I am the oldest of 4 children. I have 2 other sisters and a brother. My mother and I have bucked heads since the earliest memories I have. I am an independent spirit, I am passionate, I am head strong, I am willful, I am just as much my mother’s daughter as I am my father’s daughter. If she doesn’t realize it, she should now. I can remember the fights with her in kindergarten when I wanted to wear my favorite purple corduroy pants for picture day and she wanted to put me in a flowery and lacy dress. I won that fight, and I stood proudly in the back row of my class picture. I remember demanding to grow my bangs out in 5th grade and the awfulness that came after that. I was a tom boy and my mom was hoping for more of a little lady. I wanted to tag along with dad doing chores, milking cows, riding in tractors and getting dirty.
When I hit my teen years I really challenged my mother. I wasn’t too much of a trouble maker, but every time she gave me a boundary that I thought was unrealistic I challenged it. I tried shorts that were too short and speeding tickets to football games. These were not my proudest moments and I know I am responsible for more than a couple gray hairs, but my mother remained firm. Every time we fought, I apologized and tried to do better. I knew my mother was being firm out of love for me. Now as a 30-something woman, I look back and see how much of blessing she was for my siblings and me. Those boundaries helped keep me from bouncing too far off the straight and narrow path. When there was an injustice at school, mom went to bat for us, meeting with the principle to make sure our lives were fair. Her love for us was so passionate at times that it came out as frustration when we made choices she knew were less than our ability. She taught her daughters the value of modesty and respecting ourselves for more than our appearance. She encouraged us to travel and try new things, but at the time seemed like she was just bossing us around. She taught us the value of a dollar, hard work, and how to save and sacrifice for something we really wanted. She gave her time to drive us to school events making sure that we experienced the arts, sports, and community service through 4-H and church.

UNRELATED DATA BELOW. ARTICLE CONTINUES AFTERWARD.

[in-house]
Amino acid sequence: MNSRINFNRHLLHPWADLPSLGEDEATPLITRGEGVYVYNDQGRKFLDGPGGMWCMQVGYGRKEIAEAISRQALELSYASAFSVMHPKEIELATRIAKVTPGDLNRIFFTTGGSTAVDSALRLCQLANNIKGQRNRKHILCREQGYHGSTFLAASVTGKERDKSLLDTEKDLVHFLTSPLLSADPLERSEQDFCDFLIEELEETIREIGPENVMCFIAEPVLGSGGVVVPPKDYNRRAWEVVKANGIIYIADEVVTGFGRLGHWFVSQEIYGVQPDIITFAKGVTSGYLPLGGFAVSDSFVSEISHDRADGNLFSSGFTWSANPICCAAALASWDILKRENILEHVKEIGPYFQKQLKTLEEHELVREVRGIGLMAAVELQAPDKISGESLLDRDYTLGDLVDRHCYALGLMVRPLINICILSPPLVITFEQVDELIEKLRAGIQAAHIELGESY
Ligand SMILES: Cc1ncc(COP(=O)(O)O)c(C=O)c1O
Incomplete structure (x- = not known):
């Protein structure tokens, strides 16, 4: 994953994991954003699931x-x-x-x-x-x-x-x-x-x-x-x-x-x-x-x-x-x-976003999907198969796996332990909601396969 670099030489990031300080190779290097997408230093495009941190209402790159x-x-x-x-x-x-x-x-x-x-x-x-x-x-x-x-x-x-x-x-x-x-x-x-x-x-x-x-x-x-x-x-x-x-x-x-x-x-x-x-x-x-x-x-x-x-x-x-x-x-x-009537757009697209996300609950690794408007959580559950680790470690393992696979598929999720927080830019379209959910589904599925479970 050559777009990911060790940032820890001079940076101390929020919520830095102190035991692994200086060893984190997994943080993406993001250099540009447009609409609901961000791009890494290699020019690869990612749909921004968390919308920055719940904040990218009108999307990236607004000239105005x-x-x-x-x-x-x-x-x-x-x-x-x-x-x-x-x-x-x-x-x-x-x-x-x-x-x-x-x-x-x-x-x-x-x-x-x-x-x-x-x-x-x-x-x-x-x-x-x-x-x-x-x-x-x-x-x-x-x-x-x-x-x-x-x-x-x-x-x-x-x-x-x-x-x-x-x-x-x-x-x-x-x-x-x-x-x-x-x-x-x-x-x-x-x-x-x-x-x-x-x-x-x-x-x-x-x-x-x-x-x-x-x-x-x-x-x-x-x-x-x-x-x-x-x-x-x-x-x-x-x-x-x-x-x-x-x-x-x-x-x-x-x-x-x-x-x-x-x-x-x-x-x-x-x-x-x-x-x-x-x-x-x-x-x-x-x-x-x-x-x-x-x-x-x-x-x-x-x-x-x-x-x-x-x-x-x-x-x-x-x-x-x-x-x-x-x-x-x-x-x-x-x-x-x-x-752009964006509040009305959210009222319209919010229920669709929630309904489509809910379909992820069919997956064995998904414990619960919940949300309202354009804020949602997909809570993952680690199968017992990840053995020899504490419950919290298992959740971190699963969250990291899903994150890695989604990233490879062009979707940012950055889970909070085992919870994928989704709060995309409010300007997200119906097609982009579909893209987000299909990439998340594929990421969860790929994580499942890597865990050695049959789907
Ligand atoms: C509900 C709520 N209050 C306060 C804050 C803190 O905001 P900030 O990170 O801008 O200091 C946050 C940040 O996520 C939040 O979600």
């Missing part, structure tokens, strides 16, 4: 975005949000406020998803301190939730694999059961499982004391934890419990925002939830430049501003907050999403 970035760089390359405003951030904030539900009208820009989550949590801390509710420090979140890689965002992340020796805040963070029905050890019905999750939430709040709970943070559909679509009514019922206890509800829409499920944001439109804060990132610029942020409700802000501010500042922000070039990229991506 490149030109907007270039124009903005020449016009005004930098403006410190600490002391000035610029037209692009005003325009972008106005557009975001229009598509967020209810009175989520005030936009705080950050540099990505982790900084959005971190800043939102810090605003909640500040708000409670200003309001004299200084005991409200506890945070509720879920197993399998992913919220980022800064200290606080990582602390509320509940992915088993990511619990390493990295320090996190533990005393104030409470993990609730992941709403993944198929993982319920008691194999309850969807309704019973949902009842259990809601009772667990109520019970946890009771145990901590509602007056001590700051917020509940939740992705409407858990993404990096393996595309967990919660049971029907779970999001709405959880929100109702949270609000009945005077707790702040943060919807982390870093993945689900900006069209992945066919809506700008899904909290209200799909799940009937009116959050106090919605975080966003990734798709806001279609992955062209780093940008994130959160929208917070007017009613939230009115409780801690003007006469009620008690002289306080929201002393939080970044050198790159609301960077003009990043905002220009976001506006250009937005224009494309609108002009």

Most of all mom led us in example of how she treated our father. She has always worked to care for dad: doing cooking, cleaning, laundry, running errands, serving him lunches in the fields. She ended her career to stay at home and raise 4 children, while helping my father farm. Dad often says that was one of the most wonderful things mom ever gave him…4 beautiful children. Their marriage like so many others faced hard times, and it wasn’t perfect but it worked for them. Mom prayed with dad and shared that faith with us. I’m sure more than once she said a novena on my behalf. To this day I will default to praying the rosary in times of crisis or severe weather thunderstorms; that is all mom. Mom made sure we knew that you could argue in a marriage and make up, that you could work through the conflicts. So much that mom did for us while we were growing up, I feel like I took it for granted at the time.
I see women especially, that didn’t have a mom like mine, and I see how much they struggle in life trying to find out who they are. If it wasn’t for the hard boundaries and lessons in faith and self respect from mom, I don’t know if I would be half the woman I am today. I see now how important her example was in who I am today. Yes we still buck heads but we can handle conflict because of how she taught me to handle conflict. I know at the end of the day, when mom gets really passionate about something, it is because she loves me so much and only wants the best for me. On this Mother’s Day weekend, I say thank you and I love you to the best mom I could’ve ever imagined! And God Bless you always and forever!